John H. Salmela *, Shamsi S. Monfared **, Fatolla Mosayebi ** and Natalie Durand-Bush *
(*) University of Ottawa, Canada
(**) National Olympic Committee of the Islamic Republic of Iran, Iran
The purpose of the present study was to determine whether differences between of the OMSAT-3 scales occurred with an international sample of Iranian athletes with various levels of expertise in sport, e.g., qualifiers versus non-qualifiers or medalists versus non-medalists. Durand-Bush, Salmela and Green-Demers (2001) showed how the OMSAT-3 differentiated between international and national level Canadian athletes on most mental skill scales after ANOVA and MANOVA analyses. It was believed that with the present sample, fewer scales would differentiate between skill levels. Six months prior to the 15th Asian Games in Doha, the Persian version of the OMSAT-3 was administered to 208 Iranian athletes, 110 of whom were selected for the Games in 15 different sports. An overall ANOVA revealed that the selected athletes reported higher mental skill scores. Post-hoc analyses revealed that stress reactions and refocusing skills separated the selected and non-selected athletes at (p < .05) and that the relaxation skill differences approached borderline significance. Following the Games, 38 medal winners and 30 non-medalists were compared and it was found that the stress reaction scale was the only one that differentiated between both groups of athletes. This demonstrated there are expertise-related differences between selected OMSAT-3 scales in international sport.
Keywords: Expertise, International sport performance, Iranian athletes, Mental skills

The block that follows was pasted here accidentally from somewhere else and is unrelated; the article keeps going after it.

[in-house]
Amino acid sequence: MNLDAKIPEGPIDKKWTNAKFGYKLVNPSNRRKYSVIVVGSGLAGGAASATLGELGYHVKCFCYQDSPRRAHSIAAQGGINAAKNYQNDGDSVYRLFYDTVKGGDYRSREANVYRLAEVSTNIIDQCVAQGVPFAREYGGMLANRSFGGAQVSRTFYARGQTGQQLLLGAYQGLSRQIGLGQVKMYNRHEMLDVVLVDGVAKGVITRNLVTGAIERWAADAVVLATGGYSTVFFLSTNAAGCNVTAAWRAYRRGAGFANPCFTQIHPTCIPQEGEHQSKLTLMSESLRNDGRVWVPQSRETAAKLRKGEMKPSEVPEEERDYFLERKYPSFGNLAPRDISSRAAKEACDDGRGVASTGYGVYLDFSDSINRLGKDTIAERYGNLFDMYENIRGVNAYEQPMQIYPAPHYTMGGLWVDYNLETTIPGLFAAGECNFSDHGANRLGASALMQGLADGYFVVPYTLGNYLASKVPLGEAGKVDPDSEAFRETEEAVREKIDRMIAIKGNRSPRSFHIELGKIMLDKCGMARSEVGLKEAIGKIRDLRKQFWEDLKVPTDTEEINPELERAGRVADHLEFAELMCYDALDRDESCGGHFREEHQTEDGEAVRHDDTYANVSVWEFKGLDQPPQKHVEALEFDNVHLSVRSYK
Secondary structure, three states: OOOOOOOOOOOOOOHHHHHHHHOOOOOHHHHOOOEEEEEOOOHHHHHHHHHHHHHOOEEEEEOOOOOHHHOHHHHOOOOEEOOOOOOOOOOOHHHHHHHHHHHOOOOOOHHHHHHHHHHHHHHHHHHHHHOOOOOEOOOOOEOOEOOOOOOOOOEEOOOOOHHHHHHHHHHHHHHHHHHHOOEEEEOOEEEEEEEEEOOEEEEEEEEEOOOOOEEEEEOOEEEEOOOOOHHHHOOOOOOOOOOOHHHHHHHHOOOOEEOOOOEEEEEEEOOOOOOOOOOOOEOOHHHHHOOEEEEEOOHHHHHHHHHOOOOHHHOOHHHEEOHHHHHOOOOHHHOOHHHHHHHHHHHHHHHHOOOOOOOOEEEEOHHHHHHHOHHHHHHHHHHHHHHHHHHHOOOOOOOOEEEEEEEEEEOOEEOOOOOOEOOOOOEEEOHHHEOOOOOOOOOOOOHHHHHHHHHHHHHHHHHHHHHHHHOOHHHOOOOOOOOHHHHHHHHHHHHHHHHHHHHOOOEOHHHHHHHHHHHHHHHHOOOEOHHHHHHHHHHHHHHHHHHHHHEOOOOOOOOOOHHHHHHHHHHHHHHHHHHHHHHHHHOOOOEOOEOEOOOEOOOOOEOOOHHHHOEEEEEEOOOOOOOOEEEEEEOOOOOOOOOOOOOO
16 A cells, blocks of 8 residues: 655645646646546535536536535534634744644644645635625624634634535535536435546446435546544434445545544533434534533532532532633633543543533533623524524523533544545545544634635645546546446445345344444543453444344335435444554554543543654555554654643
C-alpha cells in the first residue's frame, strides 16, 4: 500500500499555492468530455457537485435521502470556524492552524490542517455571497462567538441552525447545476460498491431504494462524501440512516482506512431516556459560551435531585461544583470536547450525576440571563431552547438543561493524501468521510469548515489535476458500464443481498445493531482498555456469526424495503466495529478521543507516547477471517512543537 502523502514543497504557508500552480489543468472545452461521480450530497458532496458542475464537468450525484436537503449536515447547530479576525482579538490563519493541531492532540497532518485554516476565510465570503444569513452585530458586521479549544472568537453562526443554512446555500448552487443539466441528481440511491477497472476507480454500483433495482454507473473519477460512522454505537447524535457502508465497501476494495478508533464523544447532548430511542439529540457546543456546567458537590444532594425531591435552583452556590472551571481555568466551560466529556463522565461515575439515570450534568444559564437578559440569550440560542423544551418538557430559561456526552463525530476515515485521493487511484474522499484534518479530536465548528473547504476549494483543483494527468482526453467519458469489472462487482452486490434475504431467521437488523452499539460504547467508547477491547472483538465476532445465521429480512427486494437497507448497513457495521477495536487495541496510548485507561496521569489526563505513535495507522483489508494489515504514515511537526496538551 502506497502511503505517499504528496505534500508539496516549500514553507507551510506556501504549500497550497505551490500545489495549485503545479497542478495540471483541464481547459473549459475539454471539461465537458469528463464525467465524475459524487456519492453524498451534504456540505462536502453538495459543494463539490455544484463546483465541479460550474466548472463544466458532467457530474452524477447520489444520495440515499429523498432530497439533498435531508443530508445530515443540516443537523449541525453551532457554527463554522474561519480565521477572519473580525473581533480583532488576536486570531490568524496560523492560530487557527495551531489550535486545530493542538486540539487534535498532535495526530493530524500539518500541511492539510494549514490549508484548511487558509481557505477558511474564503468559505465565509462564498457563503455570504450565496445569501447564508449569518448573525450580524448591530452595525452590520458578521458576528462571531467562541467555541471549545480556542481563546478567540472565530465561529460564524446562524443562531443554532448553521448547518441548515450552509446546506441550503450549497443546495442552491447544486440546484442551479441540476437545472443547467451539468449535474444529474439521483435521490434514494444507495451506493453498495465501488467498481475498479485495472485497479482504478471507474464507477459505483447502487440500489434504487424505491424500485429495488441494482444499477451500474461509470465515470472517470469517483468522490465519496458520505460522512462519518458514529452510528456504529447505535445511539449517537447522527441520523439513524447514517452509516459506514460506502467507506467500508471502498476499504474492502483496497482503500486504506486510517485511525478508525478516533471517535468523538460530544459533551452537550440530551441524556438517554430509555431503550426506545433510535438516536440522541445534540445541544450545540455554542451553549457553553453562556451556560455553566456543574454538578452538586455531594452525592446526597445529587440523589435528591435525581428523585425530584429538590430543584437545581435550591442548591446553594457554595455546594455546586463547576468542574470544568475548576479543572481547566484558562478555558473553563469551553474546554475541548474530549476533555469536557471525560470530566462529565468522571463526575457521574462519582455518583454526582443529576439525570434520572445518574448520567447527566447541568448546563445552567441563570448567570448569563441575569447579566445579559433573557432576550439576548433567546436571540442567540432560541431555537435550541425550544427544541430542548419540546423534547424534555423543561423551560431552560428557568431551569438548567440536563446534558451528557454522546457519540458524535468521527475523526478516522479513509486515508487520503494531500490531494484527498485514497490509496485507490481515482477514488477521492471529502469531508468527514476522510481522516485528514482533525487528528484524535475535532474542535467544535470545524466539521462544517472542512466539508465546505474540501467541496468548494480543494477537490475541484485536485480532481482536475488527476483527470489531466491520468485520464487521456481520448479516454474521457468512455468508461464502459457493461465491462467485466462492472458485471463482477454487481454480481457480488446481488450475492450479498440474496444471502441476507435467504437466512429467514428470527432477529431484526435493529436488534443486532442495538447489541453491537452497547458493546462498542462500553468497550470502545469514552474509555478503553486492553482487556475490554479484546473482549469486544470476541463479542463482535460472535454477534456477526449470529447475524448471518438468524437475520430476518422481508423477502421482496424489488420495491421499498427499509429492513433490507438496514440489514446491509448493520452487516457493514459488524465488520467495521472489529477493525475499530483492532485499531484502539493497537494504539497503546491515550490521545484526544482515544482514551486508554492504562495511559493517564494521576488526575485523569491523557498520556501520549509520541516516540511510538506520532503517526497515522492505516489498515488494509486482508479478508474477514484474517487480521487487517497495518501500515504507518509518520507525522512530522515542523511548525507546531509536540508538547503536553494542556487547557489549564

Evandros Votsis, George Tzetzis, Vasilia Hatzitaki and V. George Grouios
Department of Physical Education and Sport Science Control and Learning, Laboratory of Motor, Aristotle University of Thessaloniki, Greece
The purpose of this research was to examine the effectiveness of explicit and implicit learning methods in acquisition and retention of anticipation skill in low and high complexity situations in badminton. Participants were 80 students ranging in age from 18 to 28 years (M=20, SD=2.88) who had no previous experience with racket sports. They were divided into four equal groups and followed different training interventions: a) explicit learning group via guided discovery, b) implicit learning group through concurrent secondary task via method of random letter generation, c) placebo group and d) control group. Groups followed an intervention program of 12 practice sessions, with theoretical and practical lessons. All participants underwent separate video-based, pre-test, posttest, and retention test. The number of explicit rules possessed by participants before and after the training intervention was also assessed to evaluate the correct implementation of the learning methods. Separate two-way (4 groups X 3 measurement tests) analyses of variance with repeated measures on the last factor were applied to analyze performance measured by reaction time and response accuracy for the two complexity situations. In low complexity situations there was no significant main effect of group time or interaction for the reaction time scores. However, experimental groups improved their response accuracy over time and both explicit and implicit groups were better than the control group at the retention test. In high complexity situations, again there was no significant main effect of group time or interaction for the reaction time scores. Both explicit and implicit groups had better reaction time than the control group. Only the explicit group improved the response accuracy overtime and this group was better than implicit, placebo and control groups at the retention test. It can be concluded that when the information selection procedure does not require high attention to the display and when the choices of the motor response are limited novices can be trained via both implicit and explicit learning methods. However, in more complex situations the explicit learning via guided discovery helps participants more substantially to improve their response accuracy. These findings may reflect a learning paradigm for anticipation skill in low and high complexity sport situations.
Keywords: Badminton, Complexity, explicit, and implicit learning
James A. Dimmock